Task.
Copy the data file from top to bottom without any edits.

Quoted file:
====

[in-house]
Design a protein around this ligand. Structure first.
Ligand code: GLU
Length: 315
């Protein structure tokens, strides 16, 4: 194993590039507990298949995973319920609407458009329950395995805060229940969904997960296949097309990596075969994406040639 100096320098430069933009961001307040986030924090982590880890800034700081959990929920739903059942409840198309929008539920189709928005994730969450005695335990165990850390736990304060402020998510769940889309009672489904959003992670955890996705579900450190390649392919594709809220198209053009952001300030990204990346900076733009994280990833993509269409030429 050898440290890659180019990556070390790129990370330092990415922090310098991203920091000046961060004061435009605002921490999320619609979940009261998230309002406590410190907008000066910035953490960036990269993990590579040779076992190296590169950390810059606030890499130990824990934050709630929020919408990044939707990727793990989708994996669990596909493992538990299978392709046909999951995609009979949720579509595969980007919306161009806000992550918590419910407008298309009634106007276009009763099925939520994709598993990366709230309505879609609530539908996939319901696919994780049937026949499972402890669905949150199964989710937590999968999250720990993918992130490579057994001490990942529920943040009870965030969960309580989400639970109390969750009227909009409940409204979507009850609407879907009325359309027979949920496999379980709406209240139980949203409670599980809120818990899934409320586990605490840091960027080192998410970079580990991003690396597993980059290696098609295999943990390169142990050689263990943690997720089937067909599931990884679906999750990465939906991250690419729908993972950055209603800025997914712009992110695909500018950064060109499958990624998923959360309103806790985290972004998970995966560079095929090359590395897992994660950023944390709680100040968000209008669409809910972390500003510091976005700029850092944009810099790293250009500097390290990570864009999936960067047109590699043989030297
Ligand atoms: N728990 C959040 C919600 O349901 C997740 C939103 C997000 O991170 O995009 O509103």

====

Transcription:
[in-house]
Design a protein around this ligand. Structure first.
Ligand code: GLU
Length: 315
């Protein structure tokens, strides 16, 4: 194993590039507990298949995973319920609407458009329950395995805060229940969904997960296949097309990596075969994406040639 100096320098430069933009961001307040986030924090982590880890800034700081959990929920739903059942409840198309929008539920189709928005994730969450005695335990165990850390736990304060402020998510769940889309009672489904959003992670955890996705579900450190390649392919594709809220198209053009952001300030990204990346900076733009994280990833993509269409030429 050898440290890659180019990556070390790129990370330092990415922090310098991203920091000046961060004061435009605002921490999320619609979940009261998230309002406590410190907008000066910035953490960036990269993990590579040779076992190296590169950390810059606030890499130990824990934050709630929020919408990044939707990727793990989708994996669990596909493992538990299978392709046909999951995609009979949720579509595969980007919306161009806000992550918590419910407008298309009634106007276009009763099925939520994709598993990366709230309505879609609530539908996939319901696919994780049937026949499972402890669905949150199964989710937590999968999250720990993918992130490579057994001490990942529920943040009870965030969960309580989400639970109390969750009227909009409940409204979507009850609407879907009325359309027979949920496999379980709406209240139980949203409670599980809120818990899934409320586990605490840091960027080192998410970079580990991003690396597993980059290696098609295999943990390169142990050689263990943690997720089937067909599931990884679906999750990465939906991250690419729908993972950055209603800025997914712009992110695909500018950064060109499958990624998923959360309103806790985290972004998970995966560079095929090359590395897992994660950023944390709680100040968000209008669409809910972390500003510091976005700029850092944009810099790293250009500097390290990570864009999936960067047109590699043989030297
Ligand atoms: N728990 C959040 C919600 O349901 C997740 C939103 C997000 O991170 O995009 O509103």